Meet the Therapist: Liam Kernan
What attracted you to become a therapist?
I sought therapy for myself following a turbulent time in my life. It was whilst I was there I noticed that the approach may be a barrier to some men – bowl of stones, glass of water, box of tissues, etc. I thought about how it could be different to attract your ‘average’ chap and then it occurred to me that maybe I could offer that. Several years later I am doing exactly that, offering therapy to men in what I think of as a more male-friendly environment.
Where did you train?
I did a foundation course and a diploma in emotional therapeutic counselling through the FETC. It was mostly in Cheltenham and then, thanks to the challenges of 2020, I completed my advanced diploma via Zoom. I have just enrolled on a Masters in Psychology too.
Can you tell us about the type of therapy you practise?
Emotional therapeutic counselling is aimed at working clients through what is going on for them now, coupled with their historic past, all through the lens of how we feel. It is the approach I have enjoyed receiving for over 20 years and, despite the obvious initial reservations some men may have talking about their feelings, I think it is a great way of getting men to open up.
How does therapy help?
ETC can help with any problems. Timeline activities to heal emotional blocks, family rule book activities to understand where we get our beliefs and values, right through to visualisations; this type of therapy can help anyone.
What sort of people do you usually see?
Apart from only seeing chaps, I have clients aged 10 to 73. Most have anger issues (not uncommon for men), amongst many other things. Shame is probably the underlying emotion that most of my clients start with but this starts to disappear once the feelings of positivity return.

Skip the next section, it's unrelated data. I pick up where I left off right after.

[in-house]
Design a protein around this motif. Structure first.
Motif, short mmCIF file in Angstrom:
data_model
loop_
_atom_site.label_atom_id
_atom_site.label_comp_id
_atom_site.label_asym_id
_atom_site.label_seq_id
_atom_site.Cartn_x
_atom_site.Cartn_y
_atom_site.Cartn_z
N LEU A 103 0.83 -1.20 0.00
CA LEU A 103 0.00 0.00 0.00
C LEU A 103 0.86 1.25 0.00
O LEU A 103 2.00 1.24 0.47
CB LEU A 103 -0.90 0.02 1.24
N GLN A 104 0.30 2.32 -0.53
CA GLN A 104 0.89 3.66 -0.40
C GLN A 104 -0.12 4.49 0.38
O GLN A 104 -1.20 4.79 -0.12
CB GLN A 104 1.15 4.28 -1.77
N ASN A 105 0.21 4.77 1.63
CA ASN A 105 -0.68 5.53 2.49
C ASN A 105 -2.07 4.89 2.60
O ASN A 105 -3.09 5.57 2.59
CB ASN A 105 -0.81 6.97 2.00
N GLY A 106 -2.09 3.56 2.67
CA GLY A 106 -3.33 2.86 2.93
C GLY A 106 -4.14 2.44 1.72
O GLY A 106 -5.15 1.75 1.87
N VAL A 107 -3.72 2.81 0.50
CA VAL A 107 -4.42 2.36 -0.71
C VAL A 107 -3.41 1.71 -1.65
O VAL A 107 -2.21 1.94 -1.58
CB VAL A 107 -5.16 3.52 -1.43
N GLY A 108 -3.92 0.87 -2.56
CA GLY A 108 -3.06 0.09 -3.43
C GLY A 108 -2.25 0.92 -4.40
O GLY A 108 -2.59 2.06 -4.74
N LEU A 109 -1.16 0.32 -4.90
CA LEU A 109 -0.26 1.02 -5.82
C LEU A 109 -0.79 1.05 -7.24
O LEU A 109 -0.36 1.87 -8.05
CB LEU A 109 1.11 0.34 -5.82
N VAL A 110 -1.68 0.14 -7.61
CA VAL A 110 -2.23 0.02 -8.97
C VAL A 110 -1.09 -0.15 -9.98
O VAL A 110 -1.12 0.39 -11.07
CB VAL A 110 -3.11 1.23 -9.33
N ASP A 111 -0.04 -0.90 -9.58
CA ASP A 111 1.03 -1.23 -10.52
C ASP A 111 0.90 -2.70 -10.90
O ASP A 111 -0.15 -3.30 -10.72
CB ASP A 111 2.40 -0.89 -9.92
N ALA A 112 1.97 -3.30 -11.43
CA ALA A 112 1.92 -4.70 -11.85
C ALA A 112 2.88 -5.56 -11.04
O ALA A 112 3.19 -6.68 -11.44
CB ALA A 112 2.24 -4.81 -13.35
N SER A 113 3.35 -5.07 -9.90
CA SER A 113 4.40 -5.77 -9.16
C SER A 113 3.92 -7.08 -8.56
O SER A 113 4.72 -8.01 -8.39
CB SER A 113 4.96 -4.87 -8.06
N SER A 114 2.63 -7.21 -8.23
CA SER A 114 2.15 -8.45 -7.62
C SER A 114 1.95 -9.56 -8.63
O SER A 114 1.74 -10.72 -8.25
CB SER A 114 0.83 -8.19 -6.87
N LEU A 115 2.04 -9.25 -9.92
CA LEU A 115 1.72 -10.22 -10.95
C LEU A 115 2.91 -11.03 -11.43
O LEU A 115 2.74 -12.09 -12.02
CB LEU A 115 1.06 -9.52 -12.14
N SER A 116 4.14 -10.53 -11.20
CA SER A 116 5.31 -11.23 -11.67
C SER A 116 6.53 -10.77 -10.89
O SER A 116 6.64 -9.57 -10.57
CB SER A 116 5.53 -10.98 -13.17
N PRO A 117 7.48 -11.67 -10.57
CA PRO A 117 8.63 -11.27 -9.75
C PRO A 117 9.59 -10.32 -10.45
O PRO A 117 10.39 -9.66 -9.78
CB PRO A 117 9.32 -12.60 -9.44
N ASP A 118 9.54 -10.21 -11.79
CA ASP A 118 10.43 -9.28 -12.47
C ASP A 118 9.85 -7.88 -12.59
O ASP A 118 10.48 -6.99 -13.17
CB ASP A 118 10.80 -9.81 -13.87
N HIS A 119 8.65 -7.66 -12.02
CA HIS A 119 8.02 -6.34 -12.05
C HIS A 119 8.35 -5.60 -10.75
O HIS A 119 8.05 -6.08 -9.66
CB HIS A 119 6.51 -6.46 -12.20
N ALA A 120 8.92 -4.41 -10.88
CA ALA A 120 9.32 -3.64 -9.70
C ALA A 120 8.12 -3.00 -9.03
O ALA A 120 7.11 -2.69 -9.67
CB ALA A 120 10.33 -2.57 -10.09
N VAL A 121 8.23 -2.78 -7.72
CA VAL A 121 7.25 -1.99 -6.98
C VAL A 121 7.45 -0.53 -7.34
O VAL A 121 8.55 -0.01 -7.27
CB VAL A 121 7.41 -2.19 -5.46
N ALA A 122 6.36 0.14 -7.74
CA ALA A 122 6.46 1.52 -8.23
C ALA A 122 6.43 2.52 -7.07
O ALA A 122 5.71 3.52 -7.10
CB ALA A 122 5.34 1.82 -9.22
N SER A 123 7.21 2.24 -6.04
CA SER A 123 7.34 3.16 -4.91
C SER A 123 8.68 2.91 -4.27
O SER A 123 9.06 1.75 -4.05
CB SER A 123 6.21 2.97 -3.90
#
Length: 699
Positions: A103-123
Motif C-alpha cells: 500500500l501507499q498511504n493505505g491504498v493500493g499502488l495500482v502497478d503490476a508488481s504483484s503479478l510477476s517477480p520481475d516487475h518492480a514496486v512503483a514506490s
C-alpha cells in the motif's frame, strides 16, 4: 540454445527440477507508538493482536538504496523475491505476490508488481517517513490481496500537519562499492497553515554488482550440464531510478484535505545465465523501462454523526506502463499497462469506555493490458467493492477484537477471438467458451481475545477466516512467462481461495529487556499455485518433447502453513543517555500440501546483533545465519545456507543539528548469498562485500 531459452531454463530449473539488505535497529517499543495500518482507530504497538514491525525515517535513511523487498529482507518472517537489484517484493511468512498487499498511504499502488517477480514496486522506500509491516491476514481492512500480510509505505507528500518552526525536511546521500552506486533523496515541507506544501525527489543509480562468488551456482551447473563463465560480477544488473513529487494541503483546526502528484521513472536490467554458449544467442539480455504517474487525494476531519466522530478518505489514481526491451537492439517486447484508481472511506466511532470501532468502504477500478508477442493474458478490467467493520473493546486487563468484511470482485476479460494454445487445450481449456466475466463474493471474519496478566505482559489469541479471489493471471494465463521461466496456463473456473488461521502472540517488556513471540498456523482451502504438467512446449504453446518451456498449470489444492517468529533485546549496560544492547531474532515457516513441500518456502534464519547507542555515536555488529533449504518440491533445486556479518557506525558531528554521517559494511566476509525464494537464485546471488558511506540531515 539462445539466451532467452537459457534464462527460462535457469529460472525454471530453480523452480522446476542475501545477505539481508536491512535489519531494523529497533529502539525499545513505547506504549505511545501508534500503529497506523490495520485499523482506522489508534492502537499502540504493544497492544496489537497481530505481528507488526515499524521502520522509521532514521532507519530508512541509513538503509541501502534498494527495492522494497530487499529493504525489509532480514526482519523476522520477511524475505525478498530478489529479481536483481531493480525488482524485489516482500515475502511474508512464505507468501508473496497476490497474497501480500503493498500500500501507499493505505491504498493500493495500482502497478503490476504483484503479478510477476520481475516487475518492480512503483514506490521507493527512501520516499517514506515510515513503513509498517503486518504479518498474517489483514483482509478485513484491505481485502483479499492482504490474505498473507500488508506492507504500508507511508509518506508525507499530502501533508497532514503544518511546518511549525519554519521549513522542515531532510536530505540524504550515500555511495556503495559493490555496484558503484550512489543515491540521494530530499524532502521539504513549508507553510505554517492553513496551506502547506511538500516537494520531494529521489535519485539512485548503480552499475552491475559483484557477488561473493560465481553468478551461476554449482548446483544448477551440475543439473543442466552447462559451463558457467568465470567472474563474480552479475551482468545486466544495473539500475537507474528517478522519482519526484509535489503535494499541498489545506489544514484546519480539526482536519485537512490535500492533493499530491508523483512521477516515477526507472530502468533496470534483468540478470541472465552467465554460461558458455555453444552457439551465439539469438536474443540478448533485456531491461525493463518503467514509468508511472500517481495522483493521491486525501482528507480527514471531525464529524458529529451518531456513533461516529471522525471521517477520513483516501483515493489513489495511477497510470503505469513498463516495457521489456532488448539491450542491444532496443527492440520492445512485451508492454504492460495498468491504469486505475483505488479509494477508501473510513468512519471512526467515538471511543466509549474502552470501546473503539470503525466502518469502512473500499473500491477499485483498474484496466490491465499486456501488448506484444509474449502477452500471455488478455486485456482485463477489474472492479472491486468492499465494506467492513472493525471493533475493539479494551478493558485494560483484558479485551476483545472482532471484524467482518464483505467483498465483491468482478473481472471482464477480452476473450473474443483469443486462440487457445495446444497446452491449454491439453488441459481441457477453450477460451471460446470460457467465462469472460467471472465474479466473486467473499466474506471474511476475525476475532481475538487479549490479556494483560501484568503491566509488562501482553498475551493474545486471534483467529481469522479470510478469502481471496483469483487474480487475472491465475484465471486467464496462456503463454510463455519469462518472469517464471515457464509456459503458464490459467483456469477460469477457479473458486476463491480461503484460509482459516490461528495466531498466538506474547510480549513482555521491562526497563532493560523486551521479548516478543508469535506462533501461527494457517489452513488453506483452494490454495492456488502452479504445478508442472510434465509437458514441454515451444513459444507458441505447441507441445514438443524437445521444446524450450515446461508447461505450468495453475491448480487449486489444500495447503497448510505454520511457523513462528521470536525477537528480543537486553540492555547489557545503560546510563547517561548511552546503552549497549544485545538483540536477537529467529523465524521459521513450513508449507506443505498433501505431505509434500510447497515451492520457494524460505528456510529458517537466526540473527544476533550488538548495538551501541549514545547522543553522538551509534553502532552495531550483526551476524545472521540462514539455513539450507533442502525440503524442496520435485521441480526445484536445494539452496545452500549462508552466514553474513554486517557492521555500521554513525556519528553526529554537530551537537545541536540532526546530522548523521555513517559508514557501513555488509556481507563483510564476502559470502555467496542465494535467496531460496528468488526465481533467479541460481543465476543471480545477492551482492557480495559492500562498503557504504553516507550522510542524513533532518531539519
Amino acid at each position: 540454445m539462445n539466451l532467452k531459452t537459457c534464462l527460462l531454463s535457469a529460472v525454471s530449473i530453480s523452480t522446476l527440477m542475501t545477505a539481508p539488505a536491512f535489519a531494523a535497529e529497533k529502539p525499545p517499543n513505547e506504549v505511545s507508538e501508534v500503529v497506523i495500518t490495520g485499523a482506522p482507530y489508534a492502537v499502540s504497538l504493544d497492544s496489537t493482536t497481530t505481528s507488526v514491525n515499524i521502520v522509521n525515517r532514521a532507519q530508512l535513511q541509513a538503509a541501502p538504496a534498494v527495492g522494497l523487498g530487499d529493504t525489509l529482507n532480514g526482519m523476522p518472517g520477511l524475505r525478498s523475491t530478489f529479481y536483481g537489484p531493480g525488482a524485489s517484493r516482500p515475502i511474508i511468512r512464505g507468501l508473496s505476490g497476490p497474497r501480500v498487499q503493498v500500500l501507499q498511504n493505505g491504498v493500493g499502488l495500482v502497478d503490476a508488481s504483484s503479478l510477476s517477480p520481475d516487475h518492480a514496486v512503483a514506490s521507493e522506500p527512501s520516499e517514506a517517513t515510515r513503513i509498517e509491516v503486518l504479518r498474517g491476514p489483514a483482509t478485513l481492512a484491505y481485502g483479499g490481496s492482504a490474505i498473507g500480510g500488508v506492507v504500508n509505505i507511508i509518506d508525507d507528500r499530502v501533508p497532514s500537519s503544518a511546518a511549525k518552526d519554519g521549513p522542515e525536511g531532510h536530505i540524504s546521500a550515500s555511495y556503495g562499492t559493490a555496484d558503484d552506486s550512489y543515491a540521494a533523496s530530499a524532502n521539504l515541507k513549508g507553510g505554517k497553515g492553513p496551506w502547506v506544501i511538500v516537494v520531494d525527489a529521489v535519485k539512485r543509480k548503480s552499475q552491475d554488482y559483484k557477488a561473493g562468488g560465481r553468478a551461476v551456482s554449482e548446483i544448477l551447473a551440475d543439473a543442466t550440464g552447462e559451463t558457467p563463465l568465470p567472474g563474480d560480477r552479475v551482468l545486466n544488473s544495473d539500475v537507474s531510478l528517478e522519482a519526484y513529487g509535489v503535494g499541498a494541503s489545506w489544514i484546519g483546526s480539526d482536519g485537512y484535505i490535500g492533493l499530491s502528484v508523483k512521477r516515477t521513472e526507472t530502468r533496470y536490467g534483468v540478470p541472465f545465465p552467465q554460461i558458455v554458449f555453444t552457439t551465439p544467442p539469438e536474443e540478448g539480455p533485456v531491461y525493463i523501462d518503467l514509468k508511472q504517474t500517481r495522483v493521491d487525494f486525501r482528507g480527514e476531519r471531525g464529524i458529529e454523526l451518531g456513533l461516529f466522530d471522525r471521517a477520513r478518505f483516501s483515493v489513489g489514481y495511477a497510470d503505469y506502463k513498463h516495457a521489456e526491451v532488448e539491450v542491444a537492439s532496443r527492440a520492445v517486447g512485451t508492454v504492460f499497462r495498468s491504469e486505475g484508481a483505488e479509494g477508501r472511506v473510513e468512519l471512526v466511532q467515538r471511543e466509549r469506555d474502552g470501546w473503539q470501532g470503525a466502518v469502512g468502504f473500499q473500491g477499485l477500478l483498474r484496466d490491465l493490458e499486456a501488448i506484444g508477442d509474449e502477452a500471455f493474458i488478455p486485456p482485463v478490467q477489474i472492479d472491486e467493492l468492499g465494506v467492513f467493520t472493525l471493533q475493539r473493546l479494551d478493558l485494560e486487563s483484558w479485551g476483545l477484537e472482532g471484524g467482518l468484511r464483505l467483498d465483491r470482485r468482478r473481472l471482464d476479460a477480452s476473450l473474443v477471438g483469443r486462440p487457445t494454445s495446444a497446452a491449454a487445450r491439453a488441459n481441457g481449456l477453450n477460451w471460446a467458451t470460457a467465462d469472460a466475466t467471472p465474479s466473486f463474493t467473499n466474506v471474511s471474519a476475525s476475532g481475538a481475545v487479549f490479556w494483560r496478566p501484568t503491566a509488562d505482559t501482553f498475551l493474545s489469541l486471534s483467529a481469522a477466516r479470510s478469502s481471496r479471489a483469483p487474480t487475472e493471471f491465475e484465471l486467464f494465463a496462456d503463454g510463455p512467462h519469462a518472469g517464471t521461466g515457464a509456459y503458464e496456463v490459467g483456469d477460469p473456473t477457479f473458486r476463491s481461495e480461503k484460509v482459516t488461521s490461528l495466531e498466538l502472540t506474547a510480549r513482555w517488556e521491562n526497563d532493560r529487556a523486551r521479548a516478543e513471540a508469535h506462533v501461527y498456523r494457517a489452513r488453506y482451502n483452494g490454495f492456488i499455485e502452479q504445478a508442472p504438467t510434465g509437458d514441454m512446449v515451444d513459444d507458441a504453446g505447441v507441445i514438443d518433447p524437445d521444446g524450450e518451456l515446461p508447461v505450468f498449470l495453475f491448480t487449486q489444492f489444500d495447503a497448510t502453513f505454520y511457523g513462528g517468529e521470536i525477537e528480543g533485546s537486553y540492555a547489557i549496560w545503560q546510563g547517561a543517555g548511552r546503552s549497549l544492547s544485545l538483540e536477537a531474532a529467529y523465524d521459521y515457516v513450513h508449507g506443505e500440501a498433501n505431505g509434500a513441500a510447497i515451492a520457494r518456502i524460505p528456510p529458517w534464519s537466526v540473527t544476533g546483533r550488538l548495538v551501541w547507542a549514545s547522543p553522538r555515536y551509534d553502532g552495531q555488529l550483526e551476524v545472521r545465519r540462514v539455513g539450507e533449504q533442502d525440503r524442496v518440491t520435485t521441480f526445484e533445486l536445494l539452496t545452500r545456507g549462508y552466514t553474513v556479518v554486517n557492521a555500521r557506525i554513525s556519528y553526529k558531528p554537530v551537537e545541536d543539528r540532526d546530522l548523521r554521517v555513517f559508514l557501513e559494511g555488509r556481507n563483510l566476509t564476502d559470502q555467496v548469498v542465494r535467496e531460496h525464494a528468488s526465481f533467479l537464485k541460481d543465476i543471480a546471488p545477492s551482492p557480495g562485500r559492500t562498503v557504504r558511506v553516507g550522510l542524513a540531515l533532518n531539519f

What do you like about being a therapist?
I like being able to steer someone’s ship through the storm that they are experiencing there and then. I like how blunt and upfront blokes are, and the outpouring of love and emotion too.
What is less pleasant?
Seeing the pain some guys are in to start with and not being able to click my fingers and make it go away immediately. It does take time, but the journey is always worth it.
How long you’ve been with welldoing.org and what you think of us?
I’ve been with welldoing.org for a few months now and I regularly read the weekly newsletter and may even be writing some content for it, too!
Do you ever suggest books or apps to clients?
The Calm app is going down a storm with my clients.
What you do for your own mental health?
I used to have tattoos done regularly and that was my zen – but Covid did away with all of that. I enjoy a bit of Star Wars Lego, I read loads of books, rumble with my two labradors and just relax with my wife.
You are a therapist in Worcester and online. What can you share with us about seeing clients in those areas?
What Covid did for me was show that I can be wider than my Worcester base – I have clients from Devon to Newcastle now. The online platforms work well – fitting in with clients’ lifestyles.
What’s your consultation room like?
Comfortable and not at all clinical – it's all about putting clients at their ease from day one.
What do you wish people knew about therapy?
I had a client that I spent four months exchanging messages until he came here. I asked him after the session what is was like for him and he said, “It’s just chatting innit?!” There is no magic and nothing to be scared of, it really is just chatting.
What did you learn about yourself in therapy?
Way too much to share in this forum! I learnt about where my compassion comes from and how to be a better bloke, which is what I want for my clients.